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Westwood Horizon

The student news site of Westwood High School.

Westwood Horizon

The student news site of Westwood High School.

Westwood Horizon

Behind the Scenes: Assistant Director Ashley Jordan Hones Her Craft

Ashley Jordan
Hard at work, Assistant Director Ashley Jordan ’24 stays on top of tasks at an evening rehearsal. A role within the theater program that is often overlooked, the assistant director is an integral part of every production. “So much goes into directing,” Jordan said. “Even [for the] musical, I feel like people don’t think that I’m doing as much as I am. But a lot more goes into it than people think it does. ADs are putting a lot into the show, and I feel like that just goes unnoticed sometimes.”

The stage is dark and quiet. The moment’s stillness washes over the auditorium, but only briefly. Backstage, a cue is whispered into a walkie-talkie. The lights go up, the music starts, and performers rush to the stage, ready for their moment in the spotlight. And while she may not be on the stage with them, none of that would be happening without Assistant Director (AD) Ashley Jordan ‘24. 

Assistant directing is not the first thing many people tend to think of when they think about the theater program. In an elective full of flashy performances and grandiose sets, the behind-the-scenes aspects often go forgotten. When Jordan started doing theater in middle school, inspired by her older siblings, she originally wanted to be an actor.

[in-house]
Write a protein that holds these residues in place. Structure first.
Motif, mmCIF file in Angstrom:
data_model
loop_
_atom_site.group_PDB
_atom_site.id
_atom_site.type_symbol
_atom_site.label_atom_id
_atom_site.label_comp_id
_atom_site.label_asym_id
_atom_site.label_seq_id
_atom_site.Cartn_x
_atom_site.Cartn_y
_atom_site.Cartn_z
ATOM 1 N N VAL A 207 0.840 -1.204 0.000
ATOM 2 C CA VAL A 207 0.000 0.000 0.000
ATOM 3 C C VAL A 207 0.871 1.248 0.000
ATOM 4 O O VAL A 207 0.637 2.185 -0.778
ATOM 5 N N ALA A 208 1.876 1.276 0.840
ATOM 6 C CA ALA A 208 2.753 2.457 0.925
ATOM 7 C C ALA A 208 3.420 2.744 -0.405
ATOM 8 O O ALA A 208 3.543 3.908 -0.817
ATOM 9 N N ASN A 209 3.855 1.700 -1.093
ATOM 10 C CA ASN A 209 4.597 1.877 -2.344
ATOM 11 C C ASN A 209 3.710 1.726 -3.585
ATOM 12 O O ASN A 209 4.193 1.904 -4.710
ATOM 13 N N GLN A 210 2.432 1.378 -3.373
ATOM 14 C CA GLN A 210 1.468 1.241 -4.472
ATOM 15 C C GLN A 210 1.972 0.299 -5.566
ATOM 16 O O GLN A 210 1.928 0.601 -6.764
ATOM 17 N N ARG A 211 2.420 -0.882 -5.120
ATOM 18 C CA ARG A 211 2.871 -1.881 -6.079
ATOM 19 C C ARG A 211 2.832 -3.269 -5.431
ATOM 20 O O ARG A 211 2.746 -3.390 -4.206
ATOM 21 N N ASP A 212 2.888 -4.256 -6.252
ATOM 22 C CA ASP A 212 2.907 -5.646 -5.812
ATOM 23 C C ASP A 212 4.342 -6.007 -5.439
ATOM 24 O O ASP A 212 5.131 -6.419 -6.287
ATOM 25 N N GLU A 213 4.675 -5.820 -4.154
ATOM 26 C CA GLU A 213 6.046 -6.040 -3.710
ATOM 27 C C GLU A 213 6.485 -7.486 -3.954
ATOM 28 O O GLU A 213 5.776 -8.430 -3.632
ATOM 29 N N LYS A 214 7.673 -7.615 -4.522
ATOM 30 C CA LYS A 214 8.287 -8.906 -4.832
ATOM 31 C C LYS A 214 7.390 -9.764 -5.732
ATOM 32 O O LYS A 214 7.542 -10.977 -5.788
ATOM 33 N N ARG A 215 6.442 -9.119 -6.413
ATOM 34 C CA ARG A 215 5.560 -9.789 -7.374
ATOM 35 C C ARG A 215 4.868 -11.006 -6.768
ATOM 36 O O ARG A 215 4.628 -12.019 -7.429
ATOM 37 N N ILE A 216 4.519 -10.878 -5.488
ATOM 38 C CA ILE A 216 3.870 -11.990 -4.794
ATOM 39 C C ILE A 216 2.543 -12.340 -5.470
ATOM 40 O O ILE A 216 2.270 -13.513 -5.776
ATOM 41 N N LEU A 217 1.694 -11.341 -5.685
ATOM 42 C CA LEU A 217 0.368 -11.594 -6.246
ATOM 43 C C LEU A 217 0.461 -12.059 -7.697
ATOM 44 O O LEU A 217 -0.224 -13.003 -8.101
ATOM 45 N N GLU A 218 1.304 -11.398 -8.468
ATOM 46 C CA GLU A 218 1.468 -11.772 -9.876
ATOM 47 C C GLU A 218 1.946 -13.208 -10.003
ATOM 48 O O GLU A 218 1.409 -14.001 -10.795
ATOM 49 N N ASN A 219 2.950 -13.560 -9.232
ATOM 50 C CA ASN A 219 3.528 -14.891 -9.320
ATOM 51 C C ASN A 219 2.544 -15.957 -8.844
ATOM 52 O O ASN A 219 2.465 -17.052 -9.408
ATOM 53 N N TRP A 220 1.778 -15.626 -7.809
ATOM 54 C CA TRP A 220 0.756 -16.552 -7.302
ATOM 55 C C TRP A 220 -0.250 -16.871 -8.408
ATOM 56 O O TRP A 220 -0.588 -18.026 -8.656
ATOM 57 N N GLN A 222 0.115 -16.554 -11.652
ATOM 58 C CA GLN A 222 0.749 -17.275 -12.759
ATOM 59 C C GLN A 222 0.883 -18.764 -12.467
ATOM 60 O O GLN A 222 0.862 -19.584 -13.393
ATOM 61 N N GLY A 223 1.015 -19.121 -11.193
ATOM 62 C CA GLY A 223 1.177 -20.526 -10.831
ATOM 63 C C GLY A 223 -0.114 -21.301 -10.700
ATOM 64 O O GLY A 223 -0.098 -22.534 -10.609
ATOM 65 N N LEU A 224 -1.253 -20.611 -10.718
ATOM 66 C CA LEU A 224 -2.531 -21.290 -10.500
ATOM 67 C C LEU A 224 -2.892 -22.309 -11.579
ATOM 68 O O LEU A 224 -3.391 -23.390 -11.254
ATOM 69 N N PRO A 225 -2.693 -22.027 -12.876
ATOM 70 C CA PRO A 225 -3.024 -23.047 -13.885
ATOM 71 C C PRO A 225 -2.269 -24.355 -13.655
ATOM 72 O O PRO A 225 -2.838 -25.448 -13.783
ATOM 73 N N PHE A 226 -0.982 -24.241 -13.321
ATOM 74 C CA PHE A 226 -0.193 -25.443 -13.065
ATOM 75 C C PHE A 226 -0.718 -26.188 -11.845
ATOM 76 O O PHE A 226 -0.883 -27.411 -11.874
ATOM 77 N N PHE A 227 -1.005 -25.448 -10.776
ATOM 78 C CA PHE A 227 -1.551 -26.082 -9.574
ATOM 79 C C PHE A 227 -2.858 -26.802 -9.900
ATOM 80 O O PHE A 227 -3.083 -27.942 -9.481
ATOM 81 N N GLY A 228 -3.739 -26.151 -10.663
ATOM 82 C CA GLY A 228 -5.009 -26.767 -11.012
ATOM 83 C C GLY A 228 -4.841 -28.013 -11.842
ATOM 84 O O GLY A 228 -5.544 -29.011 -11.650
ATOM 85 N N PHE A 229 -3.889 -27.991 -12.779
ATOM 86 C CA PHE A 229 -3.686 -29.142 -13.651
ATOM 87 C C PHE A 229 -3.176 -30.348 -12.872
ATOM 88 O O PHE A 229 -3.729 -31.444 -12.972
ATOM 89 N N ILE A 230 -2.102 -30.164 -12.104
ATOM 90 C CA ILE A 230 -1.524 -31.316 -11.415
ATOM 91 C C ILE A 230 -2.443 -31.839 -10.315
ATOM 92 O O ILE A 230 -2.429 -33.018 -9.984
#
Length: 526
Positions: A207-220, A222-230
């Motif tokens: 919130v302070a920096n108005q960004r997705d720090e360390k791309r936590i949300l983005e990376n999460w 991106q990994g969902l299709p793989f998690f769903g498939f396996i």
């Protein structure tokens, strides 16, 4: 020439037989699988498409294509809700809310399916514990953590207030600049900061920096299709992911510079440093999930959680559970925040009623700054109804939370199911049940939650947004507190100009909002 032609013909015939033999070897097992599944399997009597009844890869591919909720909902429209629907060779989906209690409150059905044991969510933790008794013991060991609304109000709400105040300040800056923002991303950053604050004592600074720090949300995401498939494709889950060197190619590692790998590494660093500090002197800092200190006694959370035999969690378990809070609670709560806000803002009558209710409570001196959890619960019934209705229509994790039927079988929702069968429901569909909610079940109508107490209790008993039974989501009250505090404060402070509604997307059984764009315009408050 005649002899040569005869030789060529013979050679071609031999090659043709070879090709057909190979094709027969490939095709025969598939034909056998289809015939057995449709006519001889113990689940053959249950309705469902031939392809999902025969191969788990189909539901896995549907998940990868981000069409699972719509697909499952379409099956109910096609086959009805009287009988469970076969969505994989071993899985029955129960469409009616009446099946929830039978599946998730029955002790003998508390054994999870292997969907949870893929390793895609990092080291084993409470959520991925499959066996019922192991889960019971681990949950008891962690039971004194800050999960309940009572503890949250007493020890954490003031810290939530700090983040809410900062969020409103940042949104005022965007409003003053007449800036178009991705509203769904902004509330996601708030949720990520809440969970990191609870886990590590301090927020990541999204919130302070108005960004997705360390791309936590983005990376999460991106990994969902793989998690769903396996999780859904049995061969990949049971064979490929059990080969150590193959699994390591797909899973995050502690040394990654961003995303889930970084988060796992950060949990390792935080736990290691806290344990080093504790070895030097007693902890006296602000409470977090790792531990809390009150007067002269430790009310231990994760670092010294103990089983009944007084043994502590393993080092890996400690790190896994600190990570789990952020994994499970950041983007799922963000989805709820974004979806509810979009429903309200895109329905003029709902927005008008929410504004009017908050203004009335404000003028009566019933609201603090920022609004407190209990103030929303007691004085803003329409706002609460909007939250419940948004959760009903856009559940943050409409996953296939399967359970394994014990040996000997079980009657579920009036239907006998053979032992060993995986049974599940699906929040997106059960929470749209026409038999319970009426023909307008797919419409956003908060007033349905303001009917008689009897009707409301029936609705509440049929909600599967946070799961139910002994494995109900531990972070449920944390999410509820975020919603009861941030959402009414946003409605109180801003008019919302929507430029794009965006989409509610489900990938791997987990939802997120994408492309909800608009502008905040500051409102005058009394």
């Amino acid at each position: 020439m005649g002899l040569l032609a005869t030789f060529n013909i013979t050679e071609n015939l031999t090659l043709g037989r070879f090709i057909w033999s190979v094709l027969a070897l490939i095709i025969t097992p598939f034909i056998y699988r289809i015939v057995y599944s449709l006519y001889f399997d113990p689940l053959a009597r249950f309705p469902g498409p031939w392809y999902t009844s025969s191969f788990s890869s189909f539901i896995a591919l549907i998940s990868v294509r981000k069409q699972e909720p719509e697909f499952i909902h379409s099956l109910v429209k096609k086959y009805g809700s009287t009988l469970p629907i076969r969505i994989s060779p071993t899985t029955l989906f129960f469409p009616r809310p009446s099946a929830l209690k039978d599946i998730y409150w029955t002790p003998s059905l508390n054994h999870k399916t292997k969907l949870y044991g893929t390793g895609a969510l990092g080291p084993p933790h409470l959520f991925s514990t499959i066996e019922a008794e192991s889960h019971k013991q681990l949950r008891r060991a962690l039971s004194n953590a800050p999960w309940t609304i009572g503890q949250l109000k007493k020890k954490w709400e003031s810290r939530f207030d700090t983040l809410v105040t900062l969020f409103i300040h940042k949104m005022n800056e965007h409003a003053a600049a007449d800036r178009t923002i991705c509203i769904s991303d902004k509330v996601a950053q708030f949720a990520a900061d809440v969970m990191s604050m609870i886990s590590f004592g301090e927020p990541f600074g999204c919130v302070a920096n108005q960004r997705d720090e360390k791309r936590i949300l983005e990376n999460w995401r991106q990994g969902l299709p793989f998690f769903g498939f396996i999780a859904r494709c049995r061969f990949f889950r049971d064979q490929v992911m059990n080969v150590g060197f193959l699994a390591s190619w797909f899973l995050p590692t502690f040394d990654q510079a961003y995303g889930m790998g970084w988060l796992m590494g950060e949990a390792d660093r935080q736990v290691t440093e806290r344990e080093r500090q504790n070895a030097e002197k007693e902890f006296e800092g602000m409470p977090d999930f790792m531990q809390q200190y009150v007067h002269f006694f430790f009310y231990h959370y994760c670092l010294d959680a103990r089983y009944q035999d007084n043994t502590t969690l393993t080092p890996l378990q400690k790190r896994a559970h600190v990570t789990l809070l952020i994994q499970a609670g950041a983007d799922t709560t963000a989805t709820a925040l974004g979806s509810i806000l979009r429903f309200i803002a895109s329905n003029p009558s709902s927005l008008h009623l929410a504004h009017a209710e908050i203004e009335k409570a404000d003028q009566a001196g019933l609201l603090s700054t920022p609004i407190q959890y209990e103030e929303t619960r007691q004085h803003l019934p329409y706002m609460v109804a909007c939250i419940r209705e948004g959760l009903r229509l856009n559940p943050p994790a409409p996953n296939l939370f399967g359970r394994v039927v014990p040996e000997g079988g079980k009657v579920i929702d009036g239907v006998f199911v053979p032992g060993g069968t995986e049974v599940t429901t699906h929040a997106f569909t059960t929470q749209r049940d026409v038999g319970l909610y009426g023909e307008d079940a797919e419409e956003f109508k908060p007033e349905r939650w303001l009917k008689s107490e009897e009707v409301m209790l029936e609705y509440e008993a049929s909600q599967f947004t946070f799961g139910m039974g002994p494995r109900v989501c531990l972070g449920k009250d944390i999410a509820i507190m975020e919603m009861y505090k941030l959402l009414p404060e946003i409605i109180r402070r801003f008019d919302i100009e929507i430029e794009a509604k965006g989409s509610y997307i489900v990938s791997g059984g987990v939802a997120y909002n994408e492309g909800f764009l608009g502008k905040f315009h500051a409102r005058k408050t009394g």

“I was like, ‘Yes, acting, that’s what I want,’” Jordan said. “And then I never got cast, but I still wanted to be in the production. So I was like, ‘Oh, well, I’ll do tech stuff.’”

On somewhat of a whim, Jordan applied to be an assistant director for Canyon Vista Middle School’s production of Macbeth when she was in eighth grade. She got the position and discovered a passion for the behind-the-scenes aspects of theater. Jordan went on to become assistant director for the remainder of her middle school’s shows that year. By the time she got to Westwood, Jordan knew that she wanted to continue to pursue directing. 

“At that point, I knew that I’d like to do the tech side of things,” Jordan said. 

Initially, Jordan didn’t think that she was able to be an assistant director as an underclassman. For the first two years of her time at Westwood, she stuck to other technical roles within the productions. At the beginning of her junior year, Jordan took a chance and applied to assistant direct on the fall show — Puffs.

“Junior year was Puffs, and I loved [working on] Puffs,” Jordan said. “At that point, I knew that I liked directing, especially [at] Westwood and with Mrs. Coats.” 

The responsibilities of an assistant director are incredibly demanding. The AD works throughout the entire process of a theater production from auditions to closing night, working closely with the director of the show, the actors, and the various technical departments to ensure everything runs smoothly. 

“[It can be] very stressful,” Jordan said. “But it’s also rewarding. I hate being there until 10 p.m. [during musical tech week] but even then I still miss that experience once it’s over.”

This year, Jordan has been the assistant director for the fall production of Triangle Factory Fire Project and is currently working simultaneously on the UIL one-act production of Merry Wives of Windsor and the winter musical, Mean Girls. It’s the first time in recent years that the musical has had an official assistant director.